Fuelled by rage, Clara finds her way into the dangerous world of the American Indian Movement. Maisie internalises all of her past pain but keeps putting herself in dangerous situations. Famous among the children for his daring escapes from the residential school, Kenny can’t stop running. Moving from job to job, trying to outrun his memories and find a life. Lucy finds peace in motherhood, but struggles with a compulsive disorder, fuelled by the years of cleaning at the school. After beating one of his tormentors almost to death, Howie serves some time in prison, before being released and trying to re-enter society once again. Read More »

The Right to be Cold, by Sheila Watt-Cloutier

The Arctic ice sheet is melting. Polar bears and other Arctic animals are losing their habitat and their lives. But what of the people who call these cold polar regions home? They are also losing their homes, their livelihoods, and the land which has sustained their way of life for centuries. And yet, nobody is talking about them or their plight. Or indeed the fact that their plight will be shared by the rest of the world if we do not take a stand on global warming.
Sheila Warr-Cloutier is someone who has dedicated her life to bringing these issues to the global stage. As an Inuk, born and raised in the cold Arctic, she knows better than most the struggles that the indigenous Arctic communities have faced, ever since the missionaries first arrived on their shores. But those struggles pale in comparison to what they are now facing. Loss of sea ice and hunting grounds, collapsing buildings and roads due to melting permafrost, health issues caused by invisible pollutants, and many more. Read More »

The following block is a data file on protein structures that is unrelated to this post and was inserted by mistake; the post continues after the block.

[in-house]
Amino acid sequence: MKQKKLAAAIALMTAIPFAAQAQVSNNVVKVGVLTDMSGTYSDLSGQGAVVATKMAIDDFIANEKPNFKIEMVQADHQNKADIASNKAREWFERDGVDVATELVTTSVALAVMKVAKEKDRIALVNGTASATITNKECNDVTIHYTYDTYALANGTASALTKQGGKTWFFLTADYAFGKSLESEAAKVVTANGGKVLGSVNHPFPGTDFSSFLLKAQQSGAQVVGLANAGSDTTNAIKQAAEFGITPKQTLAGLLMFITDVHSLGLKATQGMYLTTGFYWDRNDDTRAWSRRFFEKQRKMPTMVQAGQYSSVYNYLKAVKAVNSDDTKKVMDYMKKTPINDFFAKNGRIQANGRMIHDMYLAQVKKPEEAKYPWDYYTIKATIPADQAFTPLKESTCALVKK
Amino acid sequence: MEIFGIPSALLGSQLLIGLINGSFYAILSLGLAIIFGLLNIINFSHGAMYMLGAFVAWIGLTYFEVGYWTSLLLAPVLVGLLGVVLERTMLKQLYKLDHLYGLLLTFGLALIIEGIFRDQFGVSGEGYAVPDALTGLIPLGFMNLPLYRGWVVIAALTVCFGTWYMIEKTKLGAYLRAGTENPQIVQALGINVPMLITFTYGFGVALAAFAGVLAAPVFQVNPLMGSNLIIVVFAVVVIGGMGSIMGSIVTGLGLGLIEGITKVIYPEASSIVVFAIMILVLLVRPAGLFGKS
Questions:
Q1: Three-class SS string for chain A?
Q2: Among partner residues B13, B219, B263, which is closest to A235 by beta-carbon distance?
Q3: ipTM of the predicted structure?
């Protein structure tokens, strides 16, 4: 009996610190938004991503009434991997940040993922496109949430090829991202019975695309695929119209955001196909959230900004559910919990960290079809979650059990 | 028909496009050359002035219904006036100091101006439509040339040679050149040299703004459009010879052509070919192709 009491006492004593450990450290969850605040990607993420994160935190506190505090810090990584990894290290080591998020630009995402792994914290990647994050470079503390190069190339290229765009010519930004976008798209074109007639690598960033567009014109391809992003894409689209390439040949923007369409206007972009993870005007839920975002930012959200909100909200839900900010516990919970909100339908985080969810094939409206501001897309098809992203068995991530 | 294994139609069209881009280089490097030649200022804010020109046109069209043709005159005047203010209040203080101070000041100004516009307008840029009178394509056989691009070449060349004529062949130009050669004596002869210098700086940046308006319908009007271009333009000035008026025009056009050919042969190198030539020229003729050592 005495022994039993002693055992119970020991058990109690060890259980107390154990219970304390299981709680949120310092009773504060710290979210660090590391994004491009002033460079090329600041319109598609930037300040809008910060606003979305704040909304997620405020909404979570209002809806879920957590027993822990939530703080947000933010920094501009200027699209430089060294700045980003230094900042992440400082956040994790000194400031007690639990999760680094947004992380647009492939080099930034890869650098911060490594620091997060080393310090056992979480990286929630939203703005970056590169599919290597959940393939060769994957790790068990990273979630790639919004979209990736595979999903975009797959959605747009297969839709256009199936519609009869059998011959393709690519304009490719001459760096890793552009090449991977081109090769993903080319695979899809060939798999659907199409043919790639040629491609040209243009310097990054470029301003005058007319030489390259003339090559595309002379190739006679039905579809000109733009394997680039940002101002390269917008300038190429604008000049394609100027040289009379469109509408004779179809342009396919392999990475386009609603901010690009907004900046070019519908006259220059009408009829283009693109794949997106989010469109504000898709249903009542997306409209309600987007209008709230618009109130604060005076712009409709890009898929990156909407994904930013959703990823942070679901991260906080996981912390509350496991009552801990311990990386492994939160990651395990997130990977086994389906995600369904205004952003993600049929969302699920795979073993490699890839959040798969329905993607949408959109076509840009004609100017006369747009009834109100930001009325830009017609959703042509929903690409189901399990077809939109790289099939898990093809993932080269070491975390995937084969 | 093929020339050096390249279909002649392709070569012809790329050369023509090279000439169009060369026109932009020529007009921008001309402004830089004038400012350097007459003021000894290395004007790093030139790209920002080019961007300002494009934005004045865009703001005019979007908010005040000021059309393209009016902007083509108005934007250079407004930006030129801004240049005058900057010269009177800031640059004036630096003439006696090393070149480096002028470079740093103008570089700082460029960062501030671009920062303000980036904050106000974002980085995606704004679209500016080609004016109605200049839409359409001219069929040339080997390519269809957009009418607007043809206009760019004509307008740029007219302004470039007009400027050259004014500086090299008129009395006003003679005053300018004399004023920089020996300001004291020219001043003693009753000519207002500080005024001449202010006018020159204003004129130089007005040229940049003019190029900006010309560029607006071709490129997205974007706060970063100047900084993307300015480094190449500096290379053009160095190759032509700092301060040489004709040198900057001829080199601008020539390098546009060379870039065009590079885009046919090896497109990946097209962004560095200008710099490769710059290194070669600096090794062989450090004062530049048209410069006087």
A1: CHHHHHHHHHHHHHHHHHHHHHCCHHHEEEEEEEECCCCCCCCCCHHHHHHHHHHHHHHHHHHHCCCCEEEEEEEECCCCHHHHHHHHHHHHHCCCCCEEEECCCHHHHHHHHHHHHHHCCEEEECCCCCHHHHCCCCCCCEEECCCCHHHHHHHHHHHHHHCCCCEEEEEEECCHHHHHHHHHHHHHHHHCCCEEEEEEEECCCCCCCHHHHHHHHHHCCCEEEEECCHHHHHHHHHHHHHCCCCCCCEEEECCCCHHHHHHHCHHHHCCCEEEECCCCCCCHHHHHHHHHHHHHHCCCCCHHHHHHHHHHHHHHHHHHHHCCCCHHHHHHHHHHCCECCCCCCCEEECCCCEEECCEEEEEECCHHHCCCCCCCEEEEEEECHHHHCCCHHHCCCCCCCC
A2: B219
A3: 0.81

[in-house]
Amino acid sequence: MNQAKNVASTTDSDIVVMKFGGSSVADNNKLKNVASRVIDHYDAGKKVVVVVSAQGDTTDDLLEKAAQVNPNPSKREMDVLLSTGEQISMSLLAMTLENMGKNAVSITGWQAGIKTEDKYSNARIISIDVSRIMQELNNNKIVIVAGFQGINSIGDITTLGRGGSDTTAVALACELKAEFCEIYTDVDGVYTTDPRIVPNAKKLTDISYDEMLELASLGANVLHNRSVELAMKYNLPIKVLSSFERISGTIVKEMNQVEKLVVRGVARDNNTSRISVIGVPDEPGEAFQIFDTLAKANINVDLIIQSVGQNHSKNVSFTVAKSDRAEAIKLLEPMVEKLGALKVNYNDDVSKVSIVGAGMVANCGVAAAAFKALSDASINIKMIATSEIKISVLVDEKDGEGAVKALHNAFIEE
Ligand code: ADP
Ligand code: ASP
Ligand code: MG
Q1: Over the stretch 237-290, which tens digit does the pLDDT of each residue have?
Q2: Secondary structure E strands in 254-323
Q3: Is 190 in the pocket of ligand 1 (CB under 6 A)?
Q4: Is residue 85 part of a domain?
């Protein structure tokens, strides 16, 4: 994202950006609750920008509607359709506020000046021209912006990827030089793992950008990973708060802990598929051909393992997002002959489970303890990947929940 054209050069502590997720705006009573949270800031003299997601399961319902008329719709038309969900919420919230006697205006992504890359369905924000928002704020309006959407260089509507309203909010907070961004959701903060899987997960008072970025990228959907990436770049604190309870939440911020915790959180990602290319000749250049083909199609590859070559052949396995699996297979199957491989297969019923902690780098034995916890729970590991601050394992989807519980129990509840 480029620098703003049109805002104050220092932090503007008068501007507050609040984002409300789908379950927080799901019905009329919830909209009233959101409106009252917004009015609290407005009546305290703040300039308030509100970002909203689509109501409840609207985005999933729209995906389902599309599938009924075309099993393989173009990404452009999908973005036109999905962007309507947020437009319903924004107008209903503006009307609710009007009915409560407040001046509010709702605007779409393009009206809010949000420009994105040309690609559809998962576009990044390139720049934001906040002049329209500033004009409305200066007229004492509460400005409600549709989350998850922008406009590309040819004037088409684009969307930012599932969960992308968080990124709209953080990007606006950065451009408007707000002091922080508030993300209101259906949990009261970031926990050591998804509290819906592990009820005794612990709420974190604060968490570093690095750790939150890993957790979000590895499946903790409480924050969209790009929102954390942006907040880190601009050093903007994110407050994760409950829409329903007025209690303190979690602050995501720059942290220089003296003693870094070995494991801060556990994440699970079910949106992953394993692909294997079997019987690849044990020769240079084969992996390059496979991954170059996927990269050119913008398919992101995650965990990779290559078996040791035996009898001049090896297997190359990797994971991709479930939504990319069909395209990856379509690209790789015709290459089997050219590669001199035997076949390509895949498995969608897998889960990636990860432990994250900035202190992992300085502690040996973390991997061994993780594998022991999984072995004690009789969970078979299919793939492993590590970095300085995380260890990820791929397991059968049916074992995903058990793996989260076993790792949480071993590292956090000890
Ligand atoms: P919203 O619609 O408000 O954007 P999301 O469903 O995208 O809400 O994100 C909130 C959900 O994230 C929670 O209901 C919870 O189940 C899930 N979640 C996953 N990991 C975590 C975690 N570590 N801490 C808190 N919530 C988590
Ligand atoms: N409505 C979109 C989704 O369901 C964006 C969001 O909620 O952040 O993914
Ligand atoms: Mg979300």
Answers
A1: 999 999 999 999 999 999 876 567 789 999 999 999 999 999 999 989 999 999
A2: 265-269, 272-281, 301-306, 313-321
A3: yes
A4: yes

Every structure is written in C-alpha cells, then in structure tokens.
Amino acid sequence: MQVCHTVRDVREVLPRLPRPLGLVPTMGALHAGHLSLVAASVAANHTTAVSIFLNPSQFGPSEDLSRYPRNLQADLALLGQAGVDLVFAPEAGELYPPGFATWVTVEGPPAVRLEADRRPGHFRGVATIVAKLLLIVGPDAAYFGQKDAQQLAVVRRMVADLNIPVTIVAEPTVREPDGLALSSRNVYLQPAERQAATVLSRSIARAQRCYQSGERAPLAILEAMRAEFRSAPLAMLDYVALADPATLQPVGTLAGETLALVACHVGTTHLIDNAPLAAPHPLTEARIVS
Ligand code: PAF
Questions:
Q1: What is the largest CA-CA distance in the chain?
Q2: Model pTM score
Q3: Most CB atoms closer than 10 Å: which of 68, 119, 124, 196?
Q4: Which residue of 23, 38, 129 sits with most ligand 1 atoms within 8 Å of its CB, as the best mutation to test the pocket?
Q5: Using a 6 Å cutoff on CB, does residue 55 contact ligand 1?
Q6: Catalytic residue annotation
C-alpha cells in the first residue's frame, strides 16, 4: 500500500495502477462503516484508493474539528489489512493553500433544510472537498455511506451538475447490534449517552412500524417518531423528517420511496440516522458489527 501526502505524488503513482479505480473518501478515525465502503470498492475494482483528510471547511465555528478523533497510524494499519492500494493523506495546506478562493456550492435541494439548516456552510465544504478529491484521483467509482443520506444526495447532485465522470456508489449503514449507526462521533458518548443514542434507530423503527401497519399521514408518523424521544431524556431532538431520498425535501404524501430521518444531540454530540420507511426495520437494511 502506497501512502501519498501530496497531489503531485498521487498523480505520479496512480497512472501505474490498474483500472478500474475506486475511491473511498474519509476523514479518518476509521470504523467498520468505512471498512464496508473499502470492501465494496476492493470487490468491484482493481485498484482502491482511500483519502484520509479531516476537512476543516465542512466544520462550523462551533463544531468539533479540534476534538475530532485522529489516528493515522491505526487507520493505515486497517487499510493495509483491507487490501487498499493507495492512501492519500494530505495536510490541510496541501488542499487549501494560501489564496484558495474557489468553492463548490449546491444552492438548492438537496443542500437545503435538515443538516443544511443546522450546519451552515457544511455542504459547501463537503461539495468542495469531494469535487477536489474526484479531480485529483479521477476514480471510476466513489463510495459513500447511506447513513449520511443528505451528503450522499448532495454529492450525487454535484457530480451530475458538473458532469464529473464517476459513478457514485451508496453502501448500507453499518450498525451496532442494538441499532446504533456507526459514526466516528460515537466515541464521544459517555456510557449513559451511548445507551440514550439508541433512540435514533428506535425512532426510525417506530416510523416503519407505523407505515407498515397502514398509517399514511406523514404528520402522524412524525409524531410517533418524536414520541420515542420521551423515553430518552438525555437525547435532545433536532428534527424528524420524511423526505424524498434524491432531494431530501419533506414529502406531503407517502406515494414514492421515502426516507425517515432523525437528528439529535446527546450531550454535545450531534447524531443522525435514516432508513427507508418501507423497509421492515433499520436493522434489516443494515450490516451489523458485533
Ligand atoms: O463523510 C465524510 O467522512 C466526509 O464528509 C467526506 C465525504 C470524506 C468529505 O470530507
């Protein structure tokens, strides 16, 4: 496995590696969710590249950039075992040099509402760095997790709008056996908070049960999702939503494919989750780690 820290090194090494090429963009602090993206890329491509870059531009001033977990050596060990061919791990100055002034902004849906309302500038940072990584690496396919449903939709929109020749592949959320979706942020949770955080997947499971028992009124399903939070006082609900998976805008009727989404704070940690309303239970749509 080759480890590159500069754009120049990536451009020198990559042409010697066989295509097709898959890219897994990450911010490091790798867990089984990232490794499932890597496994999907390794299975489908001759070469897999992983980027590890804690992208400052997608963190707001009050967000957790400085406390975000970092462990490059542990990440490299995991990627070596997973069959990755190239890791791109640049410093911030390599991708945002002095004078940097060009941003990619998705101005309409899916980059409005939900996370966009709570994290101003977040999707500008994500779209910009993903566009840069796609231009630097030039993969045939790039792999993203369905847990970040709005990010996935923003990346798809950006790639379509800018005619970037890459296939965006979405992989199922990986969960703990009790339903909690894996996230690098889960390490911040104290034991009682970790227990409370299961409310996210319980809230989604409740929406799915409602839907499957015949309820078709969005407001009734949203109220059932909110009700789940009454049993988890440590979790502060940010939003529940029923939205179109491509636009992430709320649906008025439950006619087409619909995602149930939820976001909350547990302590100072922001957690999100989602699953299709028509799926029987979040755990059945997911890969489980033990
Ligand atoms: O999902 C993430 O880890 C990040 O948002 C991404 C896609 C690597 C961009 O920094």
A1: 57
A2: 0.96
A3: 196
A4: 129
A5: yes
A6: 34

Around the World in 80 Trains: A 45,000-Mile Adventure, by Monisha Rajesh

When British journalist Monisha Rajesh announced her plan to travel around the globe on 80 trains, it seemed like a crazy idea. But with much organisation and planning, it wasn’t long before she had plotted a journey of 45,000 miles, nearly twice the circumference of the world. This route would take her on some of the most famous and infamous trains in the world.
From the vastness of the Trans-Mongolian railway to the cloud-skimming heights of the Qinghai-Tibet railway and the luxurious Simplon Orient Express. With many other less salubrious and diverse trains as well. With just a backpack and her fiancé Jem in tow, Monisha spent seven months hopping on and off trains and meeting some truly remarkable characters along the way. Read More »

The Great Believers, by Rebecca Makkai

In 1985, Yale Tishman, the development director for a Chicago art gallery, is about the pull off the coup of his career. The collection of extraordinary 1920s paintings will not only secure his career but make a name for the gallery. But as his professional life is soaring, the world around him is crumbling. At the height of the AIDS epidemic, his friends are dying one by one. After his friend Nico’s funeral, the virus circles ever closer and soon the only person Yale has left is Nico’s younger sister Fiona.